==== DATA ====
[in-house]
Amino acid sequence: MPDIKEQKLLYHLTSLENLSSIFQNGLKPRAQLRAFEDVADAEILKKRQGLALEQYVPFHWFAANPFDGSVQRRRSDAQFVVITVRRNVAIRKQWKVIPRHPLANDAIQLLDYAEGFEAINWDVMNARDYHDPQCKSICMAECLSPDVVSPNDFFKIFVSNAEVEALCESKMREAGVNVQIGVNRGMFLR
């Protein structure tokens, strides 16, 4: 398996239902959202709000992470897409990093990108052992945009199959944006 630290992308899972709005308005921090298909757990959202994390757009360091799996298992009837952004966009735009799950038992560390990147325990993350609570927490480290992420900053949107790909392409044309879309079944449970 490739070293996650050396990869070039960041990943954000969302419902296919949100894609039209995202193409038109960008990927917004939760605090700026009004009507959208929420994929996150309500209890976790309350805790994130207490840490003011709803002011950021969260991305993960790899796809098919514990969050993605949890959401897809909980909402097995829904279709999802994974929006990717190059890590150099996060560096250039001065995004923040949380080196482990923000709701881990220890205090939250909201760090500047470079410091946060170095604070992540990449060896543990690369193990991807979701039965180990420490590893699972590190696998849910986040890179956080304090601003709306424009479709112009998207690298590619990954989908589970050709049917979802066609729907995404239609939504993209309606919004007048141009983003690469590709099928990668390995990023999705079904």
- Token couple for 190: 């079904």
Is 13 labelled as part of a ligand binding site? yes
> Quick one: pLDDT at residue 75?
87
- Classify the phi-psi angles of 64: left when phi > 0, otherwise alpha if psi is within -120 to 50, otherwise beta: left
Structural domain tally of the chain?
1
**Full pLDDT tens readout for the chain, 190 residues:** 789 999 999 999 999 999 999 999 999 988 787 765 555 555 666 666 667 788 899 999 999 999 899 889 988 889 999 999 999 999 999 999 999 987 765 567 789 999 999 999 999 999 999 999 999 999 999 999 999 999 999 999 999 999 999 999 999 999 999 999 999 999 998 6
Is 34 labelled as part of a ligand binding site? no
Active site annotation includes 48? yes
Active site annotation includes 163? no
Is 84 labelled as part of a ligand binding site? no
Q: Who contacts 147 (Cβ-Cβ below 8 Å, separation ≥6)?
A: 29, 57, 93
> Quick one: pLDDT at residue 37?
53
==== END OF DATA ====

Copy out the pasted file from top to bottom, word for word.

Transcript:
[in-house]
Amino acid sequence: MPDIKEQKLLYHLTSLENLSSIFQNGLKPRAQLRAFEDVADAEILKKRQGLALEQYVPFHWFAANPFDGSVQRRRSDAQFVVITVRRNVAIRKQWKVIPRHPLANDAIQLLDYAEGFEAINWDVMNARDYHDPQCKSICMAECLSPDVVSPNDFFKIFVSNAEVEALCESKMREAGVNVQIGVNRGMFLR
């Protein structure tokens, strides 16, 4: 398996239902959202709000992470897409990093990108052992945009199959944006 630290992308899972709005308005921090298909757990959202994390757009360091799996298992009837952004966009735009799950038992560390990147325990993350609570927490480290992420900053949107790909392409044309879309079944449970 490739070293996650050396990869070039960041990943954000969302419902296919949100894609039209995202193409038109960008990927917004939760605090700026009004009507959208929420994929996150309500209890976790309350805790994130207490840490003011709803002011950021969260991305993960790899796809098919514990969050993605949890959401897809909980909402097995829904279709999802994974929006990717190059890590150099996060560096250039001065995004923040949380080196482990923000709701881990220890205090939250909201760090500047470079410091946060170095604070992540990449060896543990690369193990991807979701039965180990420490590893699972590190696998849910986040890179956080304090601003709306424009479709112009998207690298590619990954989908589970050709049917979802066609729907995404239609939504993209309606919004007048141009983003690469590709099928990668390995990023999705079904």
- Token couple for 190: 């079904």
Is 13 labelled as part of a ligand binding site? yes
> Quick one: pLDDT at residue 75?
87
- Classify the phi-psi angles of 64: left when phi > 0, otherwise alpha if psi is within -120 to 50, otherwise beta: left
Structural domain tally of the chain?
1
**Full pLDDT tens readout for the chain, 190 residues:** 789 999 999 999 999 999 999 999 999 988 787 765 555 555 666 666 667 788 899 999 999 999 899 889 988 889 999 999 999 999 999 999 999 987 765 567 789 999 999 999 999 999 999 999 999 999 999 999 999 999 999 999 999 999 999 999 999 999 999 999 999 999 998 6
Is 34 labelled as part of a ligand binding site? no
Active site annotation includes 48? yes
Active site annotation includes 163? no
Is 84 labelled as part of a ligand binding site? no
Q: Who contacts 147 (Cβ-Cβ below 8 Å, separation ≥6)?
A: 29, 57, 93
> Quick one: pLDDT at residue 37?
53